Letter from Charles Algernon Parsons to George Johnstone Stoney concerning mathematical work undertaken by on the the Stoney’s daughters (GB186/MSA/2/22)
Thank you to the Heaton History Group, whose research into the Stoney family of Heaton solved one of the mysteries in our archive! A fascinating letter in our Manuscript Album (Letter from Charles Algernon Parsons to George Johnstone Stoney concerning mathematical work undertaken by one of Stoney’s daughters’, GB186/MSA/2/22) was obviously about one of the Stoney sisters, but we didn’t know which one. Whilst we still can’t be 100% sure, the Heaton History Group have found evidence that one sister, Edith, worked for the Parsons firm whilst living in Heaton in Newcastle, and all evidence points to Edith as our mystery mathematical genius!
The following is an extract from the Heaton History Group’s research piece. A full version, which includes their research about all of the Stoney family, including Edith’s brother George who was also connected to the Turbina story, can be seen here.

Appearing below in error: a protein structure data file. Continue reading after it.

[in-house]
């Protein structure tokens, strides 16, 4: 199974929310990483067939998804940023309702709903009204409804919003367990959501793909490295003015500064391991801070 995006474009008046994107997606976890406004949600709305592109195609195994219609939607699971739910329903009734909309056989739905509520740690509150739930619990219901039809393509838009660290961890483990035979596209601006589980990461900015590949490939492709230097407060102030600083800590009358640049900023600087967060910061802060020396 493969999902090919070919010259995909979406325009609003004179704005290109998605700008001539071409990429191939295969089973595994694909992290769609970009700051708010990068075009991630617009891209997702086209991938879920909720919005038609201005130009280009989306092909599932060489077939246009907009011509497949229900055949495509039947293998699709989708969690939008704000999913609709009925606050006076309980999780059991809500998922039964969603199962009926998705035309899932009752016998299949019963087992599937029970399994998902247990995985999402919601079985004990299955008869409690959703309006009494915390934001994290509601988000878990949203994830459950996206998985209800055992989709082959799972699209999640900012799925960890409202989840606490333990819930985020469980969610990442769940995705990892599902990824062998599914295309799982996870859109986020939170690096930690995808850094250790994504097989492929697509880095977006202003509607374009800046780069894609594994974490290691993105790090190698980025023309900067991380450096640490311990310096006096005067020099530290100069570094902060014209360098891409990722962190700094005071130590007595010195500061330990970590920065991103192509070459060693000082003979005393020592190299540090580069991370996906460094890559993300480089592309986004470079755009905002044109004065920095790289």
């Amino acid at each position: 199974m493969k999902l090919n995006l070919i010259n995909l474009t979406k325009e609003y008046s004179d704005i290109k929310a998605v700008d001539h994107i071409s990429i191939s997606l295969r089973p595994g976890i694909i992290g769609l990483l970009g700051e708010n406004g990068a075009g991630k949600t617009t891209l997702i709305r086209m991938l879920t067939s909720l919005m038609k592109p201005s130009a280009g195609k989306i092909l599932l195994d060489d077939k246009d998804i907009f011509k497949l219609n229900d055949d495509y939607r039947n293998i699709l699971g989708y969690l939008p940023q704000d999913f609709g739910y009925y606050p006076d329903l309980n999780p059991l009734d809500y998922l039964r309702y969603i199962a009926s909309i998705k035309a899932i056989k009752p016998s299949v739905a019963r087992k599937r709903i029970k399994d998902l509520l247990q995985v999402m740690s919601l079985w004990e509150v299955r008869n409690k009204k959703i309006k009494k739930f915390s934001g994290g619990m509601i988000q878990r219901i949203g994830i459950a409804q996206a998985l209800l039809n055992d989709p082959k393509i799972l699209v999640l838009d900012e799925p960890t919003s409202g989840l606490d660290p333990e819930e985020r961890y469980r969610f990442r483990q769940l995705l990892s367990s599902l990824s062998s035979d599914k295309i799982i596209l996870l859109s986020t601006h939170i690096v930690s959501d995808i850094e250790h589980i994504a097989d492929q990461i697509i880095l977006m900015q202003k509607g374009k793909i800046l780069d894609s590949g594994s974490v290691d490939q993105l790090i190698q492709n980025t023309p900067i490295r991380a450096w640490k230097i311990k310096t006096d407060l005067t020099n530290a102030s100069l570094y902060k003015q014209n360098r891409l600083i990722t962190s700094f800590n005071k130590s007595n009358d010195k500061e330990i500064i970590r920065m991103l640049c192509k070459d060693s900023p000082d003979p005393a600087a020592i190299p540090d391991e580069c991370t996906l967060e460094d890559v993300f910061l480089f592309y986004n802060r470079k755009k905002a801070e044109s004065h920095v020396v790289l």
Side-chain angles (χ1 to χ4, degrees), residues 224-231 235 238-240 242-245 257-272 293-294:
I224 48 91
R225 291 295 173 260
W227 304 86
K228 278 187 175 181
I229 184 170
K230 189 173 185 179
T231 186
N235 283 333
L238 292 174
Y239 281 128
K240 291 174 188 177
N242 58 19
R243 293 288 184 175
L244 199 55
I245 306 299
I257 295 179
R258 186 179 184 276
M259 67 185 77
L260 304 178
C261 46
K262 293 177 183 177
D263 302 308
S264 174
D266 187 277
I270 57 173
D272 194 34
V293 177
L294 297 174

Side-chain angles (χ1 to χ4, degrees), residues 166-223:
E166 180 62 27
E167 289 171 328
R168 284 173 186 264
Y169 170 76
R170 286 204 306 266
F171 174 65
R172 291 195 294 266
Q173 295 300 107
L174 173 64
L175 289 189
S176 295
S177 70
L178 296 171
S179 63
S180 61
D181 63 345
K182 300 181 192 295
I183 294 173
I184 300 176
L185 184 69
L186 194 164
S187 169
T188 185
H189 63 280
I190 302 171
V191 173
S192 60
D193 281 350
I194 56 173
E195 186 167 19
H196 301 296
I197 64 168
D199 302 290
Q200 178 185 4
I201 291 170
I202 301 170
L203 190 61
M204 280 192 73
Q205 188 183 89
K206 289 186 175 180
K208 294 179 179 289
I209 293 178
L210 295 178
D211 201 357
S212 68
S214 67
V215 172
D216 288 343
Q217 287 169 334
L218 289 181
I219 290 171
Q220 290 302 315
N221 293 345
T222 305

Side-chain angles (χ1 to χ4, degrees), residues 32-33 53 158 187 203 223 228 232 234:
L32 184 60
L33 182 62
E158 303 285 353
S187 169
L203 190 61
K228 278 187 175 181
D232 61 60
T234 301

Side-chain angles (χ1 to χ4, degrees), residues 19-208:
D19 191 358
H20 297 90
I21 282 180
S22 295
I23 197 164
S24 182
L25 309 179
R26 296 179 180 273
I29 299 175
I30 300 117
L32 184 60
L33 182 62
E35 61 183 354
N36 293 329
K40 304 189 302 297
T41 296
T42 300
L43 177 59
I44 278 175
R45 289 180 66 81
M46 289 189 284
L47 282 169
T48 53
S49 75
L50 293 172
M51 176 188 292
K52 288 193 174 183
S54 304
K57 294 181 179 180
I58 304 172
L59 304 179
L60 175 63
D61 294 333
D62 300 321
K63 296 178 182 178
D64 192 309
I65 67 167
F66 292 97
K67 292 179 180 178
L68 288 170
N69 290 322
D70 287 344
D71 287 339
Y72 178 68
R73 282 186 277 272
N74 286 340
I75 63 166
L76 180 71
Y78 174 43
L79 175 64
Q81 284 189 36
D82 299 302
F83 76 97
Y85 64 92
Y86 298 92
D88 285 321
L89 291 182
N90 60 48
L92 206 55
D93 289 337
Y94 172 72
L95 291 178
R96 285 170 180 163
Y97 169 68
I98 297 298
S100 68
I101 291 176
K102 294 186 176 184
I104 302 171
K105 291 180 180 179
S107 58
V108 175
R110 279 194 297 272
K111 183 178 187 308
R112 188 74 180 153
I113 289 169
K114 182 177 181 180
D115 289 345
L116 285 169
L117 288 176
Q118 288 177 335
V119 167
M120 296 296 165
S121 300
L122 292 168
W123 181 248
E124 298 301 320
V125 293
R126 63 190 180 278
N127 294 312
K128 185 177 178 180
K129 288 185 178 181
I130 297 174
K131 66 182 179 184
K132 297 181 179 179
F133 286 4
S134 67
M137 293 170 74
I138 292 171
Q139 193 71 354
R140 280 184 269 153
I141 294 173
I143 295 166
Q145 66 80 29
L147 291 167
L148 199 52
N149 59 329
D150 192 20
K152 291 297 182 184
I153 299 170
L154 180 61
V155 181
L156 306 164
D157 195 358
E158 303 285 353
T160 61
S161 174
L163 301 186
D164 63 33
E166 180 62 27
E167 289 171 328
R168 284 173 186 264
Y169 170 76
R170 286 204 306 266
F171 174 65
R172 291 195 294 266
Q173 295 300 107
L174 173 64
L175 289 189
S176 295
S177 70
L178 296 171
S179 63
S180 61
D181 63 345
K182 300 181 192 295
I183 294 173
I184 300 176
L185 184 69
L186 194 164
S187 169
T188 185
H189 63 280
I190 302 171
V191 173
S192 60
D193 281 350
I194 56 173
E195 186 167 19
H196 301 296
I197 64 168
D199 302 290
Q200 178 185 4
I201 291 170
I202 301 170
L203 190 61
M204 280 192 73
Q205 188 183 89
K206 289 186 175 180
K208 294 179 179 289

Most people in Newcastle have heard of Sir Charles Parsons, the eminent engineer whose invention of a multi-stage steam turbine revolutionised marine propulsion and electrical power generation, making him world famous in his lifetime and greatly respected still. Parsons’ Heaton factory was a huge local employer for many decades. It survives today as part of the global firm, Siemens.
But, of course, Charles Parsons did not make his huge strides in engineering alone. He was ably supported by a highly skilled workforce, including brilliant engineers and mathematicians, some of whom were much better known in their life times than they are today.
One that certainly deserves to be remembered is Edith Anne Stoney. Edith worked for Parsons only briefly but her contribution was crucial. This is her story.